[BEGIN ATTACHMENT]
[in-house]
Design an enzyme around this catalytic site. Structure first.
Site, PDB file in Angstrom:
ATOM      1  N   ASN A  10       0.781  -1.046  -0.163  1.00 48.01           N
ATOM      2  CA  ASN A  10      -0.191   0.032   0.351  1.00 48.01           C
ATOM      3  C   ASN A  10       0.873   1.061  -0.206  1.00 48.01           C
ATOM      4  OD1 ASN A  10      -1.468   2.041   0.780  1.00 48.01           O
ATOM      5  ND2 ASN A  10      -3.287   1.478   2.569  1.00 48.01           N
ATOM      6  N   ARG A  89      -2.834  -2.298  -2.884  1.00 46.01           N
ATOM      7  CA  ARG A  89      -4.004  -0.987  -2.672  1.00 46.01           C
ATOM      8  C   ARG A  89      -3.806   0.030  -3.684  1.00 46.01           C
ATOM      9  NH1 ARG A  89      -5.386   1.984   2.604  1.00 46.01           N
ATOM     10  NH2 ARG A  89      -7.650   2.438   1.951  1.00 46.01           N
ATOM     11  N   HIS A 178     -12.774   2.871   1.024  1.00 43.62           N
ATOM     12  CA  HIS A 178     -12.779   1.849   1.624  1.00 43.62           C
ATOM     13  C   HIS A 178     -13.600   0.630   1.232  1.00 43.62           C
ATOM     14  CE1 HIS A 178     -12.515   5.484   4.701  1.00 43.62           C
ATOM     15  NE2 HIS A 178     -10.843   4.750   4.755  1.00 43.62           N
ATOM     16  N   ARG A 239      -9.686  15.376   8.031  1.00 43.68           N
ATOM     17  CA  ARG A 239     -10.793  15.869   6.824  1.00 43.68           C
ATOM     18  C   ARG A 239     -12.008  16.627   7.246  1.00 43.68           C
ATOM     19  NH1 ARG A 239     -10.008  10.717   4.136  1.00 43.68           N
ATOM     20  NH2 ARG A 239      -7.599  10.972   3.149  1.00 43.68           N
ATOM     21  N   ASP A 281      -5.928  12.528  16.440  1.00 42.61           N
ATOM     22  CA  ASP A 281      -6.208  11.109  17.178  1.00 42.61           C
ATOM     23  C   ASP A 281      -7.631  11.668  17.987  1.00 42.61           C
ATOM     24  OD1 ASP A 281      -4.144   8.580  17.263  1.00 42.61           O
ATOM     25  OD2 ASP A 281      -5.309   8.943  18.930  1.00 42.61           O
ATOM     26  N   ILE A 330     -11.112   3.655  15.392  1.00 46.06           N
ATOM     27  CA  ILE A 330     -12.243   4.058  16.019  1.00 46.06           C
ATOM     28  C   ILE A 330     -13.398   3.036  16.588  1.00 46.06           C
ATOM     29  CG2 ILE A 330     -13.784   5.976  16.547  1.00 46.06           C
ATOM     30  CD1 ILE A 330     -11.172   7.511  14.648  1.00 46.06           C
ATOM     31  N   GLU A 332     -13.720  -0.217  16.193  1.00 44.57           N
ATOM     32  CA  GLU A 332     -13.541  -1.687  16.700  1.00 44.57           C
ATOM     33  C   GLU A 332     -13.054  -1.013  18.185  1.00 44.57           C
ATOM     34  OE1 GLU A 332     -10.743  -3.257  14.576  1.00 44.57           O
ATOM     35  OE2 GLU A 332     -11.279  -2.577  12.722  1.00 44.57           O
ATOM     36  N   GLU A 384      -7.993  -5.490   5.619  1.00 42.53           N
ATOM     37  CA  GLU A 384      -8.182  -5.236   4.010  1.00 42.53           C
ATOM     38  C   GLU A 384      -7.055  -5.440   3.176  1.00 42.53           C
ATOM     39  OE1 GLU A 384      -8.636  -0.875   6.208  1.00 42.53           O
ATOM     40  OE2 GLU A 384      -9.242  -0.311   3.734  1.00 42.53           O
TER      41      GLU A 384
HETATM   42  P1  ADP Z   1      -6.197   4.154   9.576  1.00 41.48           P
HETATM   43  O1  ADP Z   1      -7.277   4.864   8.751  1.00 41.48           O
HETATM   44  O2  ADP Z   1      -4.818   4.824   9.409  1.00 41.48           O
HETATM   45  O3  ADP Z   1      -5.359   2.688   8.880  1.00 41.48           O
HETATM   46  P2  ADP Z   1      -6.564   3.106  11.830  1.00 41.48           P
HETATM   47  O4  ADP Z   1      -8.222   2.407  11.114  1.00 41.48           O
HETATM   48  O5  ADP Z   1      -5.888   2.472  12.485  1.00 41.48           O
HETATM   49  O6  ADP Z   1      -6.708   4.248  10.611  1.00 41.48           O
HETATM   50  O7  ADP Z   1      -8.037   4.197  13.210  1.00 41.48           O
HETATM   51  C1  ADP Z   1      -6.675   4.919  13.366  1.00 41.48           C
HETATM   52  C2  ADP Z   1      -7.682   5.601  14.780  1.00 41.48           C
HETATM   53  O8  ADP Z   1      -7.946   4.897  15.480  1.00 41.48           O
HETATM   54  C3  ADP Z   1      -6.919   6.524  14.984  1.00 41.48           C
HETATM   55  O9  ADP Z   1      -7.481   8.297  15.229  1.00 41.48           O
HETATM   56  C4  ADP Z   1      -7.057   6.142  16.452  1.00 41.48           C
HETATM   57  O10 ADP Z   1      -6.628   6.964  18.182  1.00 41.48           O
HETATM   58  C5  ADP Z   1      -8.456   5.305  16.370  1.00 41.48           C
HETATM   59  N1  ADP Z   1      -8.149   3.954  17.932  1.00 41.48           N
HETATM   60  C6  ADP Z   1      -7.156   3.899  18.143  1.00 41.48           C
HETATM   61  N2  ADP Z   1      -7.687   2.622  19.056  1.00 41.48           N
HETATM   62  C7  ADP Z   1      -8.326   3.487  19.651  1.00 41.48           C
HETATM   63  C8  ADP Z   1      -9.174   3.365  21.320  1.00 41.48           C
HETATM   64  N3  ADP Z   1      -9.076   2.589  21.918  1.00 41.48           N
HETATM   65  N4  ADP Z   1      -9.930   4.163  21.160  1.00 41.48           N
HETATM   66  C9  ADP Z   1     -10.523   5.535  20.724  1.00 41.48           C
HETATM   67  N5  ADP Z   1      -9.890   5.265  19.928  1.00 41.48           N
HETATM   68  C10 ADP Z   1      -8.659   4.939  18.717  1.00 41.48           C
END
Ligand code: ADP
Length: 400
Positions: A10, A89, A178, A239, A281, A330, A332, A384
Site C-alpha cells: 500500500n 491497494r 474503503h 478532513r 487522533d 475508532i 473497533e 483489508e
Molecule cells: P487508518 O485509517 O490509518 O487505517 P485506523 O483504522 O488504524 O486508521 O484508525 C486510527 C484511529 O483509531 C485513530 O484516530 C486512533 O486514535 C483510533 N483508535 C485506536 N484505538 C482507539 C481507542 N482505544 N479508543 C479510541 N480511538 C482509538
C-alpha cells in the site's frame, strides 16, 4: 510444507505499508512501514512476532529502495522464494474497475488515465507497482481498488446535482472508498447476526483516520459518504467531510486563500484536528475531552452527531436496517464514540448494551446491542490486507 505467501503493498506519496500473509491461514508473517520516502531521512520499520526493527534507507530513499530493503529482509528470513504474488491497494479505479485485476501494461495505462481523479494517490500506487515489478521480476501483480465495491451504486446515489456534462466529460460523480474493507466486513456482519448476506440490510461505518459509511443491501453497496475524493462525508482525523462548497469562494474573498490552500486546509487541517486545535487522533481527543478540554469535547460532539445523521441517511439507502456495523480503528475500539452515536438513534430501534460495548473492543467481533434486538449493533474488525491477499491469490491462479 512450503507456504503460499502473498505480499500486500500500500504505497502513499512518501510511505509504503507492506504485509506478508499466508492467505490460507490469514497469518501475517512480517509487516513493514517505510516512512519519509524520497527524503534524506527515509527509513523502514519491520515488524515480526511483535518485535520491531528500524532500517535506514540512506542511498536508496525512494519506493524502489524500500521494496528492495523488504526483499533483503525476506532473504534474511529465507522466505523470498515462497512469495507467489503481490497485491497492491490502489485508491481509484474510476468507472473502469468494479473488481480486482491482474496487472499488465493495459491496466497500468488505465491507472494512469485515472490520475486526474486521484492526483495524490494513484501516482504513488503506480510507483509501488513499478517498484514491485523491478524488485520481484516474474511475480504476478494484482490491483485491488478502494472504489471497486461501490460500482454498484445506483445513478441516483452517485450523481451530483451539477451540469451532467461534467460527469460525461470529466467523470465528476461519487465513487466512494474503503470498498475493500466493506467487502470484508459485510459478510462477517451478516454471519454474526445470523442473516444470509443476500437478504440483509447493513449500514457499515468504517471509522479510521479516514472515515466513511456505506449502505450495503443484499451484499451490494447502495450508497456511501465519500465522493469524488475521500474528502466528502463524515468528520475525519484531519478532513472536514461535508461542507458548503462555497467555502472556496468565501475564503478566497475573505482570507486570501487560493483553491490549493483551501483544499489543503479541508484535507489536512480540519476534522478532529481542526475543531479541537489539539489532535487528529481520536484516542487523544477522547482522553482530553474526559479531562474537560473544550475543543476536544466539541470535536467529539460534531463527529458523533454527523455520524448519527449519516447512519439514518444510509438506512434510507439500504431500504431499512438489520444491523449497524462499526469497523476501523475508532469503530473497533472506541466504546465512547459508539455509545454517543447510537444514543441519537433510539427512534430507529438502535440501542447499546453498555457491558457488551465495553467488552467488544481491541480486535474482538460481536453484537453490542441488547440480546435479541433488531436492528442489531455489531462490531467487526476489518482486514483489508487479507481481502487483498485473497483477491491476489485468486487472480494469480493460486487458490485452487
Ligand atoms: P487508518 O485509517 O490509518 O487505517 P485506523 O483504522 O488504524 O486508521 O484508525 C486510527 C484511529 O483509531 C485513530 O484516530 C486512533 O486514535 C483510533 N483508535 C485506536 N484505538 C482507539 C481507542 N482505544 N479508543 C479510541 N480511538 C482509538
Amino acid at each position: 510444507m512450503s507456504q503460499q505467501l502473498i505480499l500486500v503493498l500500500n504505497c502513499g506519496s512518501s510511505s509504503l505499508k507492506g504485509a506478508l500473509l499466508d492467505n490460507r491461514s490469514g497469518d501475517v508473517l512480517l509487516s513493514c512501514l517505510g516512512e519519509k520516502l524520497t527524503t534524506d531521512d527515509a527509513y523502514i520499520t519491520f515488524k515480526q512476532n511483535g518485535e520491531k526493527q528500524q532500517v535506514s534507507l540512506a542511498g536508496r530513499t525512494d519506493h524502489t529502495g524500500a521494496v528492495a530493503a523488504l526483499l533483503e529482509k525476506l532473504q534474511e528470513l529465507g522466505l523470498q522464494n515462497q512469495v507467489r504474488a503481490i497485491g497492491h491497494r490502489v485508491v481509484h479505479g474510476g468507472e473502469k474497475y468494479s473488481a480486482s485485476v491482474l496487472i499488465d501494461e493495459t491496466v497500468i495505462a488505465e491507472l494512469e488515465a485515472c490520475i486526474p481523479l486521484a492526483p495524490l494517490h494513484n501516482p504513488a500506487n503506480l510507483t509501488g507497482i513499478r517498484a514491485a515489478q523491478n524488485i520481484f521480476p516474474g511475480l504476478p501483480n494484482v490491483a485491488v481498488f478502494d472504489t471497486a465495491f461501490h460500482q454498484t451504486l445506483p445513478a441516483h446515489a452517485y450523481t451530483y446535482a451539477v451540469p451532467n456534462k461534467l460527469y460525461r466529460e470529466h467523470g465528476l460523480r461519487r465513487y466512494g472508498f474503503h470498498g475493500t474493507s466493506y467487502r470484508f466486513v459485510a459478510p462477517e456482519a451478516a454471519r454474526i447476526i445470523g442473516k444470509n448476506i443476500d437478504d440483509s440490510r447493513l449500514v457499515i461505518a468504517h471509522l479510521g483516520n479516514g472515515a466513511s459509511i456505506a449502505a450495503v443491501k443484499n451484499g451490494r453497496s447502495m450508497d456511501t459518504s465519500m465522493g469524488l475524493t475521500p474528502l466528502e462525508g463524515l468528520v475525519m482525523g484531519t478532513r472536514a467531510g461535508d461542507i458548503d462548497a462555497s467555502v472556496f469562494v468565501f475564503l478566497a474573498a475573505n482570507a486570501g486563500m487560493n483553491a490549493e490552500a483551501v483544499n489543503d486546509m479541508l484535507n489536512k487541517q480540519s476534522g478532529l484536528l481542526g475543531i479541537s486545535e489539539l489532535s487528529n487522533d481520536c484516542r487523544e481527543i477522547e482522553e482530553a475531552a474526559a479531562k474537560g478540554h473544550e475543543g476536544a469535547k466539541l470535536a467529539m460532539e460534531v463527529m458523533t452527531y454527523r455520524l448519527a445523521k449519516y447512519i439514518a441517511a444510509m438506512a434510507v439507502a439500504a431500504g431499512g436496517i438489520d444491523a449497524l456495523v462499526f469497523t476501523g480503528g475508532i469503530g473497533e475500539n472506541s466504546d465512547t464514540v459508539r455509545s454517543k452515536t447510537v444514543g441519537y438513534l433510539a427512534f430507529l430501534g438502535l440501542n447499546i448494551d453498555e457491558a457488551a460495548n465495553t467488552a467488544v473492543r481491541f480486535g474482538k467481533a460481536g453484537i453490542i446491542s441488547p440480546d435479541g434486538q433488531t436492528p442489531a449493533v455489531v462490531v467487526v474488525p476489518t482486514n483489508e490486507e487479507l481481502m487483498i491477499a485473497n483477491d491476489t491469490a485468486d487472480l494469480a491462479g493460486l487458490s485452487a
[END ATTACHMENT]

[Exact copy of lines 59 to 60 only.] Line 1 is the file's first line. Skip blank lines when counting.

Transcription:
HETATM   56  C4  ADP Z   1      -7.057   6.142  16.452  1.00 41.48           C
HETATM   57  O10 ADP Z   1      -6.628   6.964  18.182  1.00 41.48           O